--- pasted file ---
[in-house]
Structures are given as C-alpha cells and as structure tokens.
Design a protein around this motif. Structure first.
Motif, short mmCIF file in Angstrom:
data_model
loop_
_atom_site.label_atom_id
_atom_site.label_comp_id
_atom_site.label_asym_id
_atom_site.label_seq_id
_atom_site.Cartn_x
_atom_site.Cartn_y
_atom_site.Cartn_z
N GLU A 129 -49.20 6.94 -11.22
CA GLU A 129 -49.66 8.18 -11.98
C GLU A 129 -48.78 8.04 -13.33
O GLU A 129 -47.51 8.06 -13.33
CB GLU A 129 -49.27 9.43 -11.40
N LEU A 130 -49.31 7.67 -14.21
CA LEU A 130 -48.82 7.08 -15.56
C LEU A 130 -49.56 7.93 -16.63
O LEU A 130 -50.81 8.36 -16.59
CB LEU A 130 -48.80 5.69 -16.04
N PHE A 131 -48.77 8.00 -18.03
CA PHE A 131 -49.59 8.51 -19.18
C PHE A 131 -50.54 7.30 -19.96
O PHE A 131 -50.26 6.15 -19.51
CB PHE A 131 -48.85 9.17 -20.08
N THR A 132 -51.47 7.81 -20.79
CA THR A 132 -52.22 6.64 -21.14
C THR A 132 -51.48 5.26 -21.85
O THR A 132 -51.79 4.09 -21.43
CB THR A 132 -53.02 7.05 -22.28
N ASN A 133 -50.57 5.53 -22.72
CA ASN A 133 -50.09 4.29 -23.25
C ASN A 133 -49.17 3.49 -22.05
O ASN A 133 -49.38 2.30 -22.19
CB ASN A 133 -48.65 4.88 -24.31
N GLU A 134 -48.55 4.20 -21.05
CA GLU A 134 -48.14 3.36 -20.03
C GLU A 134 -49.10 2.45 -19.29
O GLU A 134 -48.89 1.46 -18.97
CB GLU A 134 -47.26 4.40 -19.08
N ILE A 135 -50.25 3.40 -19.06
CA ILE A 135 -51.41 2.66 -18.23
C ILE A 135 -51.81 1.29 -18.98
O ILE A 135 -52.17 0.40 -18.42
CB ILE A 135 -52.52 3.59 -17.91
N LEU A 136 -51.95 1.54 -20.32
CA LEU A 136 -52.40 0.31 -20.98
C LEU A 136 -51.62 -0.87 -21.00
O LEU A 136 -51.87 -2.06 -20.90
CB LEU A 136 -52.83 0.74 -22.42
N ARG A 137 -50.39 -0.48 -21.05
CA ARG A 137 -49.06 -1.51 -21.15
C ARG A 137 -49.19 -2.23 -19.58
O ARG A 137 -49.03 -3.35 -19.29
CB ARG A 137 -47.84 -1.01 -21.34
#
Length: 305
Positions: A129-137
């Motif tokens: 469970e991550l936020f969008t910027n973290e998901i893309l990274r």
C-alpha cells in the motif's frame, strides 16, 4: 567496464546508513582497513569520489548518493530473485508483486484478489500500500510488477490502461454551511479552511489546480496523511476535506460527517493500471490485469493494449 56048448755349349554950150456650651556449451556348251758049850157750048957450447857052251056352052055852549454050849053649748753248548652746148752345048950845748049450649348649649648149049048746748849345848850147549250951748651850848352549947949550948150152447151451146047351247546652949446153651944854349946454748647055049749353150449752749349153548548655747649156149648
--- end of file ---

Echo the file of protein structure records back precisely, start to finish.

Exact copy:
[in-house]
Structures are given as C-alpha cells and as structure tokens.
Design a protein around this motif. Structure first.
Motif, short mmCIF file in Angstrom:
data_model
loop_
_atom_site.label_atom_id
_atom_site.label_comp_id
_atom_site.label_asym_id
_atom_site.label_seq_id
_atom_site.Cartn_x
_atom_site.Cartn_y
_atom_site.Cartn_z
N GLU A 129 -49.20 6.94 -11.22
CA GLU A 129 -49.66 8.18 -11.98
C GLU A 129 -48.78 8.04 -13.33
O GLU A 129 -47.51 8.06 -13.33
CB GLU A 129 -49.27 9.43 -11.40
N LEU A 130 -49.31 7.67 -14.21
CA LEU A 130 -48.82 7.08 -15.56
C LEU A 130 -49.56 7.93 -16.63
O LEU A 130 -50.81 8.36 -16.59
CB LEU A 130 -48.80 5.69 -16.04
N PHE A 131 -48.77 8.00 -18.03
CA PHE A 131 -49.59 8.51 -19.18
C PHE A 131 -50.54 7.30 -19.96
O PHE A 131 -50.26 6.15 -19.51
CB PHE A 131 -48.85 9.17 -20.08
N THR A 132 -51.47 7.81 -20.79
CA THR A 132 -52.22 6.64 -21.14
C THR A 132 -51.48 5.26 -21.85
O THR A 132 -51.79 4.09 -21.43
CB THR A 132 -53.02 7.05 -22.28
N ASN A 133 -50.57 5.53 -22.72
CA ASN A 133 -50.09 4.29 -23.25
C ASN A 133 -49.17 3.49 -22.05
O ASN A 133 -49.38 2.30 -22.19
CB ASN A 133 -48.65 4.88 -24.31
N GLU A 134 -48.55 4.20 -21.05
CA GLU A 134 -48.14 3.36 -20.03
C GLU A 134 -49.10 2.45 -19.29
O GLU A 134 -48.89 1.46 -18.97
CB GLU A 134 -47.26 4.40 -19.08
N ILE A 135 -50.25 3.40 -19.06
CA ILE A 135 -51.41 2.66 -18.23
C ILE A 135 -51.81 1.29 -18.98
O ILE A 135 -52.17 0.40 -18.42
CB ILE A 135 -52.52 3.59 -17.91
N LEU A 136 -51.95 1.54 -20.32
CA LEU A 136 -52.40 0.31 -20.98
C LEU A 136 -51.62 -0.87 -21.00
O LEU A 136 -51.87 -2.06 -20.90
CB LEU A 136 -52.83 0.74 -22.42
N ARG A 137 -50.39 -0.48 -21.05
CA ARG A 137 -49.06 -1.51 -21.15
C ARG A 137 -49.19 -2.23 -19.58
O ARG A 137 -49.03 -3.35 -19.29
CB ARG A 137 -47.84 -1.01 -21.34
#
Length: 305
Positions: A129-137
């Motif tokens: 469970e991550l936020f969008t910027n973290e998901i893309l990274r």
C-alpha cells in the motif's frame, strides 16, 4: 567496464546508513582497513569520489548518493530473485508483486484478489500500500510488477490502461454551511479552511489546480496523511476535506460527517493500471490485469493494449 56048448755349349554950150456650651556449451556348251758049850157750048957450447857052251056352052055852549454050849053649748753248548652746148752345048950845748049450649348649649648149049048746748849345848850147549250951748651850848352549947949550948150152447151451146047351247546652949446153651944854349946454748647055049749353150449752749349153548548655747649156149648